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SEC probes Elon Musk and his brother Kimbal over stock sales

Tesla Chief Executive Elon Musk
One day before Elon Musk told his Twitter followers he was considering selling Tesla shares, his brother, Kimbal, a company board member, did just that. The SEC is investigating.
(Susan Walsh / Associated Press)
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The Securities and Exchange Commission is investigating whether Tesla Inc. Chief Executive Elon Musk and his brother Kimbal violated securities laws when selling shares in the company late last year, according to a person familiar with the matter.

The regulator’s investigation is focused on transactions that took place just before Elon Musk polled his Twitter followers on whether he should sell a 10% stake in the company. The SEC is looking into whether any insider-trading rules were violated, said the person familiar with the matter, who asked not to be named because the inquiry is private.

The SEC declined to comment. Tesla and Elon and Kimbal Musk did not immediately respond to requests for comment. The investigation was reported earlier by the Wall Street Journal.

Tesla stock slumped after the CEO’s Nov. 6 Twitter poll, closing down the most in five months. Kimbal Musk, a Tesla board member, had sold 88,500 Tesla shares worth about $109 million on Nov. 5, according to a filing after the market closed that day.

After making a promise on Twitter, Tesla CEO Elon Musk has sold about 4.5 million shares of the electric car maker’s stock, raising over $5 billion.

Nov. 11, 2021

This month, Tesla disclosed that it had received an SEC subpoena Nov. 16 seeking information about its governance processes and compliance with a settlement it reached with the agency in September 2018 over Elon Musk’s tweeting.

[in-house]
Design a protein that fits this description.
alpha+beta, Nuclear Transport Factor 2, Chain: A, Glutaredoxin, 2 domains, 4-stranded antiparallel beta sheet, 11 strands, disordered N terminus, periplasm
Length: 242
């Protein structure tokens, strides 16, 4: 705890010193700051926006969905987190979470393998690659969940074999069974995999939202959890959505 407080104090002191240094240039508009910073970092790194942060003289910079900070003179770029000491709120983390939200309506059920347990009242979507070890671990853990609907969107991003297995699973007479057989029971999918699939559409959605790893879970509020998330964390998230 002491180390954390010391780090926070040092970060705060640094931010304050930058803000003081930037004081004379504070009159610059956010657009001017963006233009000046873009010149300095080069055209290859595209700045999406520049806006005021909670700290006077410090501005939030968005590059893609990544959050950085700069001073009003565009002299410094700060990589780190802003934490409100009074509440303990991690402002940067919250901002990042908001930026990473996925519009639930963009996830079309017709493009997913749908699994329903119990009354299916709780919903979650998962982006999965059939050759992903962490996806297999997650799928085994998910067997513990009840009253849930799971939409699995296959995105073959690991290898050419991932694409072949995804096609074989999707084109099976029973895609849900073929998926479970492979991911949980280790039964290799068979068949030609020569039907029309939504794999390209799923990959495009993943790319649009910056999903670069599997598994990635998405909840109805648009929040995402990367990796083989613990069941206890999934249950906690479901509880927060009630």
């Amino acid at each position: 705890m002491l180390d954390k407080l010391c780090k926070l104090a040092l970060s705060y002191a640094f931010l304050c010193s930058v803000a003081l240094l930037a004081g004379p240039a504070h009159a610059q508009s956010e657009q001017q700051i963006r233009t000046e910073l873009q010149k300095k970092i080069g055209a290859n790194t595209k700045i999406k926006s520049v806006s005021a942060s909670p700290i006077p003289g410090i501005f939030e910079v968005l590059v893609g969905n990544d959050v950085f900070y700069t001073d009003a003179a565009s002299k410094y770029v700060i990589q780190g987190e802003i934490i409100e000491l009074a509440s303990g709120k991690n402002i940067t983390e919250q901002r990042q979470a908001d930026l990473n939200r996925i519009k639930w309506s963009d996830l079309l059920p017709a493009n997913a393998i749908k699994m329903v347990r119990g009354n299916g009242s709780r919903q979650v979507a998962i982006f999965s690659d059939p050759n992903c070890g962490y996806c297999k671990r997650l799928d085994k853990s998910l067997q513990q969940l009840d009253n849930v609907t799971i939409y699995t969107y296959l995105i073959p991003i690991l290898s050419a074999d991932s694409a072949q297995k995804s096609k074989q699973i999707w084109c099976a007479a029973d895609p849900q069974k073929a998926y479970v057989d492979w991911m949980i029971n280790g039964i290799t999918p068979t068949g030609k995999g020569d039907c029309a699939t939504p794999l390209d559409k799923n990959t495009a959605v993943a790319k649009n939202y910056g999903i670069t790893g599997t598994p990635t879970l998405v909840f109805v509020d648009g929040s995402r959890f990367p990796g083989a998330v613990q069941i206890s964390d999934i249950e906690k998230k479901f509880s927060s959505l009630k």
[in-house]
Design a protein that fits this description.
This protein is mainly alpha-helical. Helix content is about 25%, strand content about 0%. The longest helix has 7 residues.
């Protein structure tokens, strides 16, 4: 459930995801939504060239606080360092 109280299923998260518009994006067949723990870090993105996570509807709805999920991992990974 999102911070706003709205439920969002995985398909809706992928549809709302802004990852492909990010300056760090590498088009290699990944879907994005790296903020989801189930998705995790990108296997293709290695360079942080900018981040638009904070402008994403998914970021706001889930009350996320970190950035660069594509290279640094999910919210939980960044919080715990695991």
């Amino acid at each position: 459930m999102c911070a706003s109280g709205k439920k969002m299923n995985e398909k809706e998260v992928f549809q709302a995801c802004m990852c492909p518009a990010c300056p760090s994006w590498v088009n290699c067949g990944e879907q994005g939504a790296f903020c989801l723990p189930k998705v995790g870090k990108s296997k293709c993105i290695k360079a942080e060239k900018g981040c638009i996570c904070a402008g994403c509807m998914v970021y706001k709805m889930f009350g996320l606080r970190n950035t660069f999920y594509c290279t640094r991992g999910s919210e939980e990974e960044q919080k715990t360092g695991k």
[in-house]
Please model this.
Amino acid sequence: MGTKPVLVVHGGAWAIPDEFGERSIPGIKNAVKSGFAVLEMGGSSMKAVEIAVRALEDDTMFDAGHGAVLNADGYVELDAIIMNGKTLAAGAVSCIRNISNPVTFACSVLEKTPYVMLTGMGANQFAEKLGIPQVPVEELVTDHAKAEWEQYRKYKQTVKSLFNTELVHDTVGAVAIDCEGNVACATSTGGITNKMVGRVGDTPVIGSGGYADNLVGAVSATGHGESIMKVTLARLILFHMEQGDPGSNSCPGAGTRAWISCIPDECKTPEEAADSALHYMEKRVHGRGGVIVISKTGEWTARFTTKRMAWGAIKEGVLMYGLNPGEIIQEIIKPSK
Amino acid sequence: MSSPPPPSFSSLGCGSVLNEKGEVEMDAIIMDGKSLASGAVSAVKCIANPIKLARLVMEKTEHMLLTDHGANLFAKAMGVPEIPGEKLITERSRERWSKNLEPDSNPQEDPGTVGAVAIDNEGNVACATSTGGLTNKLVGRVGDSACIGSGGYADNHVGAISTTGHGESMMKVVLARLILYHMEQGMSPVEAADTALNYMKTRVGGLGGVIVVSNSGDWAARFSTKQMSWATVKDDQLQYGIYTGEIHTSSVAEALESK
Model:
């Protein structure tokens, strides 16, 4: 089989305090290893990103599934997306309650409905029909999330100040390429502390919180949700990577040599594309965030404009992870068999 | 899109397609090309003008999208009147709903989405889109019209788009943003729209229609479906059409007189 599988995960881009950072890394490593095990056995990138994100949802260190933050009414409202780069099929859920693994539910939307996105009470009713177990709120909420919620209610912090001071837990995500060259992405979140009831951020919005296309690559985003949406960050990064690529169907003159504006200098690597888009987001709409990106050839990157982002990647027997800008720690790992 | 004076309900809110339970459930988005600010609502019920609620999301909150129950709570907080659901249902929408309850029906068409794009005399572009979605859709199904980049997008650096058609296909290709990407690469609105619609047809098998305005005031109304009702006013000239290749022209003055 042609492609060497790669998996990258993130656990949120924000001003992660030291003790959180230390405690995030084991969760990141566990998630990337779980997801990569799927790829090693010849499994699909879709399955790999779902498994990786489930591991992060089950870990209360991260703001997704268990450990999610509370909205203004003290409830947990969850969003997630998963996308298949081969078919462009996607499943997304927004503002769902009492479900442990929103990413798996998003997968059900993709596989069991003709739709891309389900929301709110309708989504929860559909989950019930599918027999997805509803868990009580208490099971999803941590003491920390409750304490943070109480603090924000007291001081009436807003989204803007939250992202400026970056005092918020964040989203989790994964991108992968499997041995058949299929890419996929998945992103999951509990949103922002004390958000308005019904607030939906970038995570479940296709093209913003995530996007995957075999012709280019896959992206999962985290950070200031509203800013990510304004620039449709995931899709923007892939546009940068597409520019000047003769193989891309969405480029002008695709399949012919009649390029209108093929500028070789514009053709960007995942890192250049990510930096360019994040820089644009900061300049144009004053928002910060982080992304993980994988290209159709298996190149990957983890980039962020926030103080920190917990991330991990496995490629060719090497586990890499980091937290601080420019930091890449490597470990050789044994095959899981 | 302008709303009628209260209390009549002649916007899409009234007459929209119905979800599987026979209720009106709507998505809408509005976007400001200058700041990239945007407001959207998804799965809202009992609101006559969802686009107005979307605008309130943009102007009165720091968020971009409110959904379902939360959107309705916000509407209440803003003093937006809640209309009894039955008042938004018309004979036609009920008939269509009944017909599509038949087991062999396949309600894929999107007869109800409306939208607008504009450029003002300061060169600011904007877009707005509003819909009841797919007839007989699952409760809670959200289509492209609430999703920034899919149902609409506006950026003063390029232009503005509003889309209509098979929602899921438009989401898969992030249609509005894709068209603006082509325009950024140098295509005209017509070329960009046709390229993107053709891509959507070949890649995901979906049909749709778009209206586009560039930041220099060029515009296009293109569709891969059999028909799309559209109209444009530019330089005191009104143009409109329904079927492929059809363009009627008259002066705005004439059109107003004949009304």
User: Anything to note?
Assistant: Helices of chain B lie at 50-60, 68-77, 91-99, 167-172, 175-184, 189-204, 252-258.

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As part of that agreement, Tesla pledged to put in place controls to oversee the CEO’s communications, including his tweets, after the SEC alleged that the world’s richest person had committed securities fraud by saying on the social media platform that he had secured funding for the company to go private.

Musk and the SEC have been at loggerheads ever since. The agency sought to have a judge find the billionaire in contempt of the settlement the following year when he tweeted about Tesla’s production outlook without getting prior approval. The two sides agreed in April 2019 to amend their agreement by adding specific topics the Tesla chief couldn’t tweet about, or otherwise communicate in writing, without running it by a company lawyer.

The dispute gathered fresh steam last week, when Musk’s lawyer told a federal court that the SEC was targeting Musk and the electric car maker with an “unrelenting investigation” because the CEO is “an outspoken critic of the government.” The SEC has denied the allegation, and on Thursday a judge refused to hold a hearing on the claims.

Bloomberg writers Ed Ludlow, Bob Van Voris and Craig Trudell contributed to this report.

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